Any lender or loan officer relying on the return of 3 percent 30-year fixed rate loans… well, I wouldn’t count on it. Many LOs seem like they’d be happy with 5 percent. That aside, the MBA predicts a tepid unit count, and that means things are slow even if loan amounts are higher than four years ago. The bump everyone received from the unexpectedly low mortgage rates of the pandemic era (hard to believe that it’s been almost four years!) are unlikely to make a comeback, and for good reason. Think about it: what would drive them back there?
Economists warn that such rock-bottom rates, while seemingly advantageous for homebuyers, could spell trouble for the broader United States economy. Or conversely, serious problems in our economy would lead to those lower rates, and who wants those? A return to the 2 percent to 3 percent rates would indicate severe economic distress. Few want to see a major economic downturn.
As we all know, during the height of the pandemic, mortgage rates plummeted; good for homebuyers and those already owning real estate. The opportunity didn't arise from deliberate efforts by the U.S. government to encourage homeownership during the pandemic: Mortgage rates reached such unprecedented lows in response to the COVID-induced financial crisis, prompting the Fed to reduce its policy rates to nearly zero as a means of stimulating an economy grappling with recession. We don’t want that again.
Recall 2008 when the Fed cut rates to 0 fairly quickly and there was a financial crisis, but also the unemployment rate shot up to 10 percent. In other words, at some point we’ll probably be back in the 5s, but don’t bet your career or company on the 3s. Low rates are good, really low rates are bad.
Yesterday’s Fed statement was good. We’re not in a situation where the Fed needs to slash rates quickly, but instead will leave short-term rates alone and continue on its path to bringing inflation down to its 2 percent target level, and even signaled to the potential of four rate cuts this year, which would inevitably bring mortgage rates down.
Loan officers are telling their clients, and potential clients, “If you're in a place where the mortgage rates being high is really putting a pinch on what you can buy, well, if you wait, with a high likelihood, the interest rate is going to be less." Many expect 30-year fixed rates in the high 4s or low 5’s by year end. Let’s say 30-year rates are 6.8 percent. Assuming a 20 percent down payment on a $425,000 home, a 5.8 percent mortgage rate would save a buyer $222 per month, while a 4.8 percent rate would result in savings of $433 per month. Of course, Treasury rates could sink, and mortgage rates hover, based on other factors. No one has a crystal ball…
In terms of actual interest rate moves, as expected, the Fed held its benchmark rate range from 5.25 percent to 5.50 percent for the fourth consecutive meeting yesterday and implied it is done raising rates. Members signaled an openness to cutting rates at future meetings, though not all agreed that a cut should come at the next meeting. The committee said it was still waiting for inflation to fall closer to the Fed’s 2 percent target. Bond yields sank by yesterday’s close over concerns surrounding regional lenders' exposure to commercial real estate.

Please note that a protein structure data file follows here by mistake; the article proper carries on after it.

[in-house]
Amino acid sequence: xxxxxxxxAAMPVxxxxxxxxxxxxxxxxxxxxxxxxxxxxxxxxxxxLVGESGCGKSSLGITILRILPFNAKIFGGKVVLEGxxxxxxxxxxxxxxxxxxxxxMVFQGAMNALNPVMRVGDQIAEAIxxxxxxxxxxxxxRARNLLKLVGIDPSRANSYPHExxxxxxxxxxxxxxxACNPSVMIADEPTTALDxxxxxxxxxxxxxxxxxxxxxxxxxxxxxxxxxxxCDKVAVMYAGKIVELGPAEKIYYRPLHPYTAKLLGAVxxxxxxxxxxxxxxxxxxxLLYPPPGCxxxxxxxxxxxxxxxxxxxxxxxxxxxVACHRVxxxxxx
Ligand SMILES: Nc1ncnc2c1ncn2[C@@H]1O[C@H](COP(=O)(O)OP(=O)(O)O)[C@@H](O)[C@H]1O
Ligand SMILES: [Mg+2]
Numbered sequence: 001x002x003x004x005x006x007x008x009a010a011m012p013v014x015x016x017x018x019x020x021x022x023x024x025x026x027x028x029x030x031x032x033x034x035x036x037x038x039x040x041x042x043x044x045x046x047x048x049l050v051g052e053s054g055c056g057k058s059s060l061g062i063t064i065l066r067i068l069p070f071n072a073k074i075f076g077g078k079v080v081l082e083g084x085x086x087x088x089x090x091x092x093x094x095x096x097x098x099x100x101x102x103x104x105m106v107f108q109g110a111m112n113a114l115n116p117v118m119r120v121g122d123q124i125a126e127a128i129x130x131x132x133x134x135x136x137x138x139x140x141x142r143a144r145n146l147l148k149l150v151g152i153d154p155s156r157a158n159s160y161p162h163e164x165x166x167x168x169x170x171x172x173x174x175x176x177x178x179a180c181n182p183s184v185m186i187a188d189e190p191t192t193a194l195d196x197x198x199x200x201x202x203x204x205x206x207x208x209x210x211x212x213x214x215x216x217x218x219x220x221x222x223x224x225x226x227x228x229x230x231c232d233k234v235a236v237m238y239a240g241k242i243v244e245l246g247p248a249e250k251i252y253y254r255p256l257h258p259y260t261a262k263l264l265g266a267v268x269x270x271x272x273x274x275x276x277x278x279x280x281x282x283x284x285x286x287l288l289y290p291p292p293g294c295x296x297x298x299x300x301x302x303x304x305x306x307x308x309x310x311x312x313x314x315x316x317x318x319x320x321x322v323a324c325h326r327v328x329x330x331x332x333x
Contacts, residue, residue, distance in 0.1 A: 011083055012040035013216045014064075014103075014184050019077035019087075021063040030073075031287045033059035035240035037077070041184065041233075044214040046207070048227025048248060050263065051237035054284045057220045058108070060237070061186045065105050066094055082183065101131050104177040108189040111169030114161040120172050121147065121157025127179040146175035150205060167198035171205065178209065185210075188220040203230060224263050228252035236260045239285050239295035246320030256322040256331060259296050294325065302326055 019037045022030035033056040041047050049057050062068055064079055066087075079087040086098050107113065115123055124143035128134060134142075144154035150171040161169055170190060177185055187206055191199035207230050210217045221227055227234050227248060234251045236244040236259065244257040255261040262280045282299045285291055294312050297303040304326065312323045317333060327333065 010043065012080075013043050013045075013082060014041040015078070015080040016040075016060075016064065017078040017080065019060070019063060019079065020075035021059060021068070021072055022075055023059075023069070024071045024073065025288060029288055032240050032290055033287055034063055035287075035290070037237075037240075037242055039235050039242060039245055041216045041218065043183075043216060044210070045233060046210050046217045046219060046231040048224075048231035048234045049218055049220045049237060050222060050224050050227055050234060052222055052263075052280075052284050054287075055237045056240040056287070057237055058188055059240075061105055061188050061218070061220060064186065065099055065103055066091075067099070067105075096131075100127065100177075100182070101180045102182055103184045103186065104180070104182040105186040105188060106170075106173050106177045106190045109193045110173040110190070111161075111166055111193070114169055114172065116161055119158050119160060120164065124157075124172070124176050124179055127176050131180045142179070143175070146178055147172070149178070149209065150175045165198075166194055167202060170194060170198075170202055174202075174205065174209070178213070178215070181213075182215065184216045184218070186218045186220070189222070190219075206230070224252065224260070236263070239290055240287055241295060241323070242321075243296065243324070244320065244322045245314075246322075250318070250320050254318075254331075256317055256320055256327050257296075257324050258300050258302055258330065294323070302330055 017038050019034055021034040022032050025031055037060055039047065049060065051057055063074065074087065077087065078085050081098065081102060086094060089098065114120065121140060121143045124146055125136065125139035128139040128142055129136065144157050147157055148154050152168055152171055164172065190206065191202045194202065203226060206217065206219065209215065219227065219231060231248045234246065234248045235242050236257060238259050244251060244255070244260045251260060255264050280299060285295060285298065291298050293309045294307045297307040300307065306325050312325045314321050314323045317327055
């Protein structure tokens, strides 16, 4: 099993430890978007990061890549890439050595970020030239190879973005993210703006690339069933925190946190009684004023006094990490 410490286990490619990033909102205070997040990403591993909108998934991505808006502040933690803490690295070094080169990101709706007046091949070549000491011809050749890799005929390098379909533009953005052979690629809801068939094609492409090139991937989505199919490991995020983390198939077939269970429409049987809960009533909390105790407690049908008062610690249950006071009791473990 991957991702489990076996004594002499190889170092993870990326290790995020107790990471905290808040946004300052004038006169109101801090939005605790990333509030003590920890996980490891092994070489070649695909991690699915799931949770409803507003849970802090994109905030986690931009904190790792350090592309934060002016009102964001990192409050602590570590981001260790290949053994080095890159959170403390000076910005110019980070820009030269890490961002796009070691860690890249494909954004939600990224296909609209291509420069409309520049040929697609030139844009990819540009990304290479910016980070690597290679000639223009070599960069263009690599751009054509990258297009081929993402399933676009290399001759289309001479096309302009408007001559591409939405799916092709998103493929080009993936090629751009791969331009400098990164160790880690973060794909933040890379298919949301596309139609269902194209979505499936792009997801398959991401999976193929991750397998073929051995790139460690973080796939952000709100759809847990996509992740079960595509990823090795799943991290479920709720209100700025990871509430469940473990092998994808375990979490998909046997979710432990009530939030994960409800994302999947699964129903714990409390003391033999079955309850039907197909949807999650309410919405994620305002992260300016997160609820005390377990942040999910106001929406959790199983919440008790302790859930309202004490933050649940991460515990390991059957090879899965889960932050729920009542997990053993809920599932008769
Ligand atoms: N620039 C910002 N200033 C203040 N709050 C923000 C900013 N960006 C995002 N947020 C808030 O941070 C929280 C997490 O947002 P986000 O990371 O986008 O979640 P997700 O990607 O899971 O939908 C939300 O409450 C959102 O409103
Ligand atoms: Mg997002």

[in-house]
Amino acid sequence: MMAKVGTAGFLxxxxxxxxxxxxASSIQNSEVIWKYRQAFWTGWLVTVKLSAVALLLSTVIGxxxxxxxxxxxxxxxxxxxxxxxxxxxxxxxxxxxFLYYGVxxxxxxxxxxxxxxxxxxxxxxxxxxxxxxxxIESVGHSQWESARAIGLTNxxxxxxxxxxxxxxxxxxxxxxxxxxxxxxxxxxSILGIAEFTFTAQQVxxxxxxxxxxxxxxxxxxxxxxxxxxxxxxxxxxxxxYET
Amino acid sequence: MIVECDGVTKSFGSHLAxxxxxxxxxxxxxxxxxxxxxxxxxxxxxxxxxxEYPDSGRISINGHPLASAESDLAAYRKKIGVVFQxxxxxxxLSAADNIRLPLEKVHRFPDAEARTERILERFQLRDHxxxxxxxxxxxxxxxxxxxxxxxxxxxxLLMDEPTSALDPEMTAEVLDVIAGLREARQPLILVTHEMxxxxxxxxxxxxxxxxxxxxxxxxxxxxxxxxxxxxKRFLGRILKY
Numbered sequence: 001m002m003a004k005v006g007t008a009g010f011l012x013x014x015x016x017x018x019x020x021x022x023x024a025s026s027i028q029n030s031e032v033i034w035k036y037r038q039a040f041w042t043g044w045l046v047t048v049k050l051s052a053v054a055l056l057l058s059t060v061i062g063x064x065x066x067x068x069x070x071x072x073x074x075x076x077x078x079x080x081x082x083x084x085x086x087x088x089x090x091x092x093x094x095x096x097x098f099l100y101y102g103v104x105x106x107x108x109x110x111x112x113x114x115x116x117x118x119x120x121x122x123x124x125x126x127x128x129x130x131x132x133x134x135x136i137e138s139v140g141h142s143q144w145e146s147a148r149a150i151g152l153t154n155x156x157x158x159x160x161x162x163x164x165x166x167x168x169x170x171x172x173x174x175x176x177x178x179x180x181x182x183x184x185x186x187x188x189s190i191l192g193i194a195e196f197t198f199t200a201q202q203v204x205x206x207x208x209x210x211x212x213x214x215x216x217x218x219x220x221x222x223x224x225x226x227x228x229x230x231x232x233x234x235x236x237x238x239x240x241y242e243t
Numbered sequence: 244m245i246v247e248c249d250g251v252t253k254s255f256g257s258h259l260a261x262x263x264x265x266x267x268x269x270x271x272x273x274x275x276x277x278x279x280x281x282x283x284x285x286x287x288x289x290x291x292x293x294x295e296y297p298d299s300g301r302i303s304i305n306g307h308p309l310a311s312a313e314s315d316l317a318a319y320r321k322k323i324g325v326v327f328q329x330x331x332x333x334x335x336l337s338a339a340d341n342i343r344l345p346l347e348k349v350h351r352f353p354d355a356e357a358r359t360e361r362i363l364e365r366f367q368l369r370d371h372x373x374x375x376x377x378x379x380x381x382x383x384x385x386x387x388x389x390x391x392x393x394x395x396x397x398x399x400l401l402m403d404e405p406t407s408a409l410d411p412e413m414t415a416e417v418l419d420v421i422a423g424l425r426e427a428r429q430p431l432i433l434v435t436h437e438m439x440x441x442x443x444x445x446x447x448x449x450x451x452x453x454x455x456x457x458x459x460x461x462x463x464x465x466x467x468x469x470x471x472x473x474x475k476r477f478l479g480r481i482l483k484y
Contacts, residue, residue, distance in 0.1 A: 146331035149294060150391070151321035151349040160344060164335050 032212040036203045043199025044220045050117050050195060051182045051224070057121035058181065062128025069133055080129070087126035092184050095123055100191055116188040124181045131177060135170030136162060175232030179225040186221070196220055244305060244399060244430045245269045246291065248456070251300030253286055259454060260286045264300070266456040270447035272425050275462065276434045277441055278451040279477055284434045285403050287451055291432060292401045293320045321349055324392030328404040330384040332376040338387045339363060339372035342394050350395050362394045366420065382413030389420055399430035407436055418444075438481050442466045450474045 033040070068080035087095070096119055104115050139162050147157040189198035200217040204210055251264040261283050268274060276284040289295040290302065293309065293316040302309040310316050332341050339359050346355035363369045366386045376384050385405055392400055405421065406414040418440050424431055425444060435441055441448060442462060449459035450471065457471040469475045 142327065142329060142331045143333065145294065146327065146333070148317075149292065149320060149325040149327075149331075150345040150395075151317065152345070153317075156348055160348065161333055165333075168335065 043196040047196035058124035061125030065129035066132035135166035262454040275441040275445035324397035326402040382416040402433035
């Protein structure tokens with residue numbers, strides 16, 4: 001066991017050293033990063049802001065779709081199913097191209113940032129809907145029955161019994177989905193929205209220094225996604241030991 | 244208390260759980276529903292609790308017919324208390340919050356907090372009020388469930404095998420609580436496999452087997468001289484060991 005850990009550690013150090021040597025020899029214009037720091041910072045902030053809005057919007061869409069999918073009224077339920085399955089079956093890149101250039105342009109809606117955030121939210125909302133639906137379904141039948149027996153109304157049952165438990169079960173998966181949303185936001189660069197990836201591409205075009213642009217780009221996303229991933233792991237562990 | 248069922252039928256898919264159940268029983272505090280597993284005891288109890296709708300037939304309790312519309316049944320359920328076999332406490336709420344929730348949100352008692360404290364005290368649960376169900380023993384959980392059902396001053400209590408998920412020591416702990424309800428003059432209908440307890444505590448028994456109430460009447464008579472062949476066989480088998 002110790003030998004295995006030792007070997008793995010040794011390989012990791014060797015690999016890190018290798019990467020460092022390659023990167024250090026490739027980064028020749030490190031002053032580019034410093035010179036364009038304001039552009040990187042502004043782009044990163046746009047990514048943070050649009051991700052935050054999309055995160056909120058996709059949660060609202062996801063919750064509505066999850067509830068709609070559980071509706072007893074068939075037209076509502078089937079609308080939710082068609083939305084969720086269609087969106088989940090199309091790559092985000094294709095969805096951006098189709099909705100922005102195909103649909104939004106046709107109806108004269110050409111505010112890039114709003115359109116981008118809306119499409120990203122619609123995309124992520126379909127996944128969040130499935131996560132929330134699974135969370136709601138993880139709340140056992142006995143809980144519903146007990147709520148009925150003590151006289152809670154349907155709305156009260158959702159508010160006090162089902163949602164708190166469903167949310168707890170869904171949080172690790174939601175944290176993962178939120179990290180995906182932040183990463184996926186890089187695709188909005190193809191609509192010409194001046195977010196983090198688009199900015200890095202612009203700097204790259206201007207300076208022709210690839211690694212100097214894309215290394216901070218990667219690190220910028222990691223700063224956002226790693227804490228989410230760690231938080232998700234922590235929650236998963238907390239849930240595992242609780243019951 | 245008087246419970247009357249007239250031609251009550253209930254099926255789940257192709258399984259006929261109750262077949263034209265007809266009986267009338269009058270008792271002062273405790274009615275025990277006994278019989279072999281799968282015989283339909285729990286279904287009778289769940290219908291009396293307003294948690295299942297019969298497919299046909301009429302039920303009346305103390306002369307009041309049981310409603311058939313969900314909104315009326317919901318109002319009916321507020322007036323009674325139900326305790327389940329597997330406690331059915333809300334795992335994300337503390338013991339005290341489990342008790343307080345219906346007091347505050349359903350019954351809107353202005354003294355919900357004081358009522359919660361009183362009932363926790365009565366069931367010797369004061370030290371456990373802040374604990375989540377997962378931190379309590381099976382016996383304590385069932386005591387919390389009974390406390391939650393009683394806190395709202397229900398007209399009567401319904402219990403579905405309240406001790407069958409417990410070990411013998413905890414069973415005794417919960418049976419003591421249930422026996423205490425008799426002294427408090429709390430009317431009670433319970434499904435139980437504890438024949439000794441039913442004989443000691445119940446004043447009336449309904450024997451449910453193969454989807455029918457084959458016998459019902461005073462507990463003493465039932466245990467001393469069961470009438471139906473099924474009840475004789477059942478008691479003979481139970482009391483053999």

This first day of February has a busy calendar that kicked off early with monetary policy decisions from Sweden’s Riksbank and the Bank of England; both kept rates unchanged. Domestically, the calendar began with Challenger layoffs for January: U.S.-based employers announced 82,307 cuts in January, a 136 percent increase from the 34,817 cuts announced one month prior but down 20 percent from the 102,943 cuts announced in the same month in 2023.
The layoff news was followed this morning by jobless claims (224k, moving slightly higher from 215k) and preliminary Q4 productivity (3.2 percent, down from 4.9 percent in the 3rd quarter) and unit labor costs (+.5 percent). Later today brings the final January S&P Global manufacturing PMI, construction spending for December, ISM manufacturing PMI for January, and Freddie Mac’s Primary Mortgage Market Survey. We begin the day with Agency MBS prices slightly better than Wednesday’s close, the 10-year yielding 3.91 after closing yesterday at 3.97 percent, and the 2-year down to 4.20.
Jobs and Transitions
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Congratulations to Ann Marie Prohaska, the new Mortgage President at Commerce Bank, and overseeing the bank’s mortgage and home equity lending business. (She succeeds Jeff Gerner who will continue to work with Prohaska as Chairman of real estate lending, until his retirement in December.) Prohaska is no rookie, bringing 30 years of mortgage experience to her new role, nearly 20 years of that time at Commerce Bank.
Rutledge Claims Management, Inc. (RCM), a provider of hazard insurance claims management for the mortgage industry, announced Aubrey Gilmore has been promoted from chief operations officer to president where she will oversee RCM’s core services and drive strategic decisions, ensuring client satisfaction and the company's reputation for excellence in the hazard insurance claims sector. RCM founder and former president, Tom Rutledge, has moved to the newly created position of chief financial officer, where he will be responsible for managing the company's fiscal operations and upholding the company's continued financial stability and growth.”